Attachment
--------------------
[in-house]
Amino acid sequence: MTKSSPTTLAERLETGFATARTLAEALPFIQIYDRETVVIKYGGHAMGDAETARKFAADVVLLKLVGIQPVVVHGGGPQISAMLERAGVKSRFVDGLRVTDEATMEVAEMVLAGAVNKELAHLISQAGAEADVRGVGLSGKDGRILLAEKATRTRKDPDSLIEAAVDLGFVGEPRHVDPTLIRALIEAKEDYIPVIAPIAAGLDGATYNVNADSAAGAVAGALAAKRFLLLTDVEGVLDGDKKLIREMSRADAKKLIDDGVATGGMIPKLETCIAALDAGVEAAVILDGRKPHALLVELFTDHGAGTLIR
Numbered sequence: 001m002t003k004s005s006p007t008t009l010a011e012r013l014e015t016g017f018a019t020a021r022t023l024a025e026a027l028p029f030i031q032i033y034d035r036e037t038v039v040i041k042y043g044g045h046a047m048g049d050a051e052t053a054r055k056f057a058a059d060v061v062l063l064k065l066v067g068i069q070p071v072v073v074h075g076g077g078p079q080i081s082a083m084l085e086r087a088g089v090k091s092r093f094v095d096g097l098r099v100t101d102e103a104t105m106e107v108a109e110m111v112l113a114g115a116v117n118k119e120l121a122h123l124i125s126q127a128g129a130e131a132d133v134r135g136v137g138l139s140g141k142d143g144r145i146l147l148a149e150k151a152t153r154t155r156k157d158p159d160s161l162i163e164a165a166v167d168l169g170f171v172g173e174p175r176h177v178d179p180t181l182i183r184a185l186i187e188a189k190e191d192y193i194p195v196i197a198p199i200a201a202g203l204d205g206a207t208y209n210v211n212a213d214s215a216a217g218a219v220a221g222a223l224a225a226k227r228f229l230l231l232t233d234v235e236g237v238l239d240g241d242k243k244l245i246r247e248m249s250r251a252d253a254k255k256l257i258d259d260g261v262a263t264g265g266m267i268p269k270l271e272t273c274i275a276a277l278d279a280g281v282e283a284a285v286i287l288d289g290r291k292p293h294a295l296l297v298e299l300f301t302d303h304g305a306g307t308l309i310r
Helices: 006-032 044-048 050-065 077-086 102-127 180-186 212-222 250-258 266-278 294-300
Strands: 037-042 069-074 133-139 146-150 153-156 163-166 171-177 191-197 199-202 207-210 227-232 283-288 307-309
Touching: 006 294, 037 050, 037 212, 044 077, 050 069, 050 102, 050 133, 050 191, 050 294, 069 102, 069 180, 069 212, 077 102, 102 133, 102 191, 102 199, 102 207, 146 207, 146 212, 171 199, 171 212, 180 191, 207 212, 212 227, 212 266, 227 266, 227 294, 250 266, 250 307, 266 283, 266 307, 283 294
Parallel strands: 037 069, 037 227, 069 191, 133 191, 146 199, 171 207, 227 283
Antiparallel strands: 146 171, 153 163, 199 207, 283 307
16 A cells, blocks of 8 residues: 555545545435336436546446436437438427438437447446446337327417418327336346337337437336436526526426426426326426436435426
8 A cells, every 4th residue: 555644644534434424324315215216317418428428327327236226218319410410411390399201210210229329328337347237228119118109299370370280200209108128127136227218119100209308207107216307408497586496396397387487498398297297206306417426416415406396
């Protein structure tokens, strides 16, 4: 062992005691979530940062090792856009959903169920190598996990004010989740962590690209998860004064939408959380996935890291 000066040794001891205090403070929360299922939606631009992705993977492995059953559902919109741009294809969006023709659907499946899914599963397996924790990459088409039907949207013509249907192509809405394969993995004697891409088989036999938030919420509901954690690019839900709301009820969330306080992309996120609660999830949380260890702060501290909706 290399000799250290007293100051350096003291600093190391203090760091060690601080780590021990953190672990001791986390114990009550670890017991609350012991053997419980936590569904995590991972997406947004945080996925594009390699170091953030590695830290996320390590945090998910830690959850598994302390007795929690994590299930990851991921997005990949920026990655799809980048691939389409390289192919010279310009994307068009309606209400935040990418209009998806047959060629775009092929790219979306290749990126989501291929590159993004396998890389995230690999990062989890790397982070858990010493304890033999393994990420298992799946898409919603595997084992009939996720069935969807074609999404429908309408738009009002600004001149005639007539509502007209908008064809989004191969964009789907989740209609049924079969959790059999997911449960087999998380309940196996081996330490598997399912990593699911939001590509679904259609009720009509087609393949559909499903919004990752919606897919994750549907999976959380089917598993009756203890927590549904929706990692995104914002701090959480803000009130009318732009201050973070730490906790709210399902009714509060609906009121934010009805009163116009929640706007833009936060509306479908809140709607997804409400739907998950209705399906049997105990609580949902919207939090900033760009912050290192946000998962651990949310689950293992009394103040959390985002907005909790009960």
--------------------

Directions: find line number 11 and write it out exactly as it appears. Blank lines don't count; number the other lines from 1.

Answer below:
């Protein structure tokens, strides 16, 4: 062992005691979530940062090792856009959903169920190598996990004010989740962590690209998860004064939408959380996935890291 000066040794001891205090403070929360299922939606631009992705993977492995059953559902919109741009294809969006023709659907499946899914599963397996924790990459088409039907949207013509249907192509809405394969993995004697891409088989036999938030919420509901954690690019839900709301009820969330306080992309996120609660999830949380260890702060501290909706 290399000799250290007293100051350096003291600093190391203090760091060690601080780590021990953190672990001791986390114990009550670890017991609350012991053997419980936590569904995590991972997406947004945080996925594009390699170091953030590695830290996320390590945090998910830690959850598994302390007795929690994590299930990851991921997005990949920026990655799809980048691939389409390289192919010279310009994307068009309606209400935040990418209009998806047959060629775009092929790219979306290749990126989501291929590159993004396998890389995230690999990062989890790397982070858990010493304890033999393994990420298992799946898409919603595997084992009939996720069935969807074609999404429908309408738009009002600004001149005639007539509502007209908008064809989004191969964009789907989740209609049924079969959790059999997911449960087999998380309940196996081996330490598997399912990593699911939001590509679904259609009720009509087609393949559909499903919004990752919606897919994750549907999976959380089917598993009756203890927590549904929706990692995104914002701090959480803000009130009318732009201050973070730490906790709210399902009714509060609906009121934010009805009163116009929640706007833009936060509306479908809140709607997804409400739907998950209705399906049997105990609580949902919207939090900033760009912050290192946000998962651990949310689950293992009394103040959390985002907005909790009960």